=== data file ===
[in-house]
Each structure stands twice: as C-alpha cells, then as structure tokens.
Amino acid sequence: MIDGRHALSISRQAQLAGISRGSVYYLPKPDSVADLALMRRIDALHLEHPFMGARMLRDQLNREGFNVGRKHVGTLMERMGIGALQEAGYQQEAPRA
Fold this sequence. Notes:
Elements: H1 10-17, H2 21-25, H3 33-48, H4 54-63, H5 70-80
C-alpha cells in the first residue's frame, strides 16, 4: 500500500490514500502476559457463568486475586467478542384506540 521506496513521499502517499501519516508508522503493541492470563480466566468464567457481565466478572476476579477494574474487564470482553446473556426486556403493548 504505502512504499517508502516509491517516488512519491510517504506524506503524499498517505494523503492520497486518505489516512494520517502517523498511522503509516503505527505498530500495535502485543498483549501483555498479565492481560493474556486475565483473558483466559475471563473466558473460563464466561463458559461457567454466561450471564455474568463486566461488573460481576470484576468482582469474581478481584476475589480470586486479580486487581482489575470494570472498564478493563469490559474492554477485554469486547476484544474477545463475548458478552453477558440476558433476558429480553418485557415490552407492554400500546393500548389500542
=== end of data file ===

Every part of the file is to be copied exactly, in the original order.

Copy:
[in-house]
Each structure stands twice: as C-alpha cells, then as structure tokens.
Amino acid sequence: MIDGRHALSISRQAQLAGISRGSVYYLPKPDSVADLALMRRIDALHLEHPFMGARMLRDQLNREGFNVGRKHVGTLMERMGIGALQEAGYQQEAPRA
Fold this sequence. Notes:
Elements: H1 10-17, H2 21-25, H3 33-48, H4 54-63, H5 70-80
C-alpha cells in the first residue's frame, strides 16, 4: 500500500490514500502476559457463568486475586467478542384506540 521506496513521499502517499501519516508508522503493541492470563480466566468464567457481565466478572476476579477494574474487564470482553446473556426486556403493548 504505502512504499517508502516509491517516488512519491510517504506524506503524499498517505494523503492520497486518505489516512494520517502517523498511522503509516503505527505498530500495535502485543498483549501483555498479565492481560493474556486475565483473558483466559475471563473466558473460563464466561463458559461457567454466561450471564455474568463486566461488573460481576470484576468482582469474581478481584476475589480470586486479580486487581482489575470494570472498564478493563469490559474492554477485554469486547476484544474477545463475548458478552453477558440476558433476558429480553418485557415490552407492554400500546393500548389500542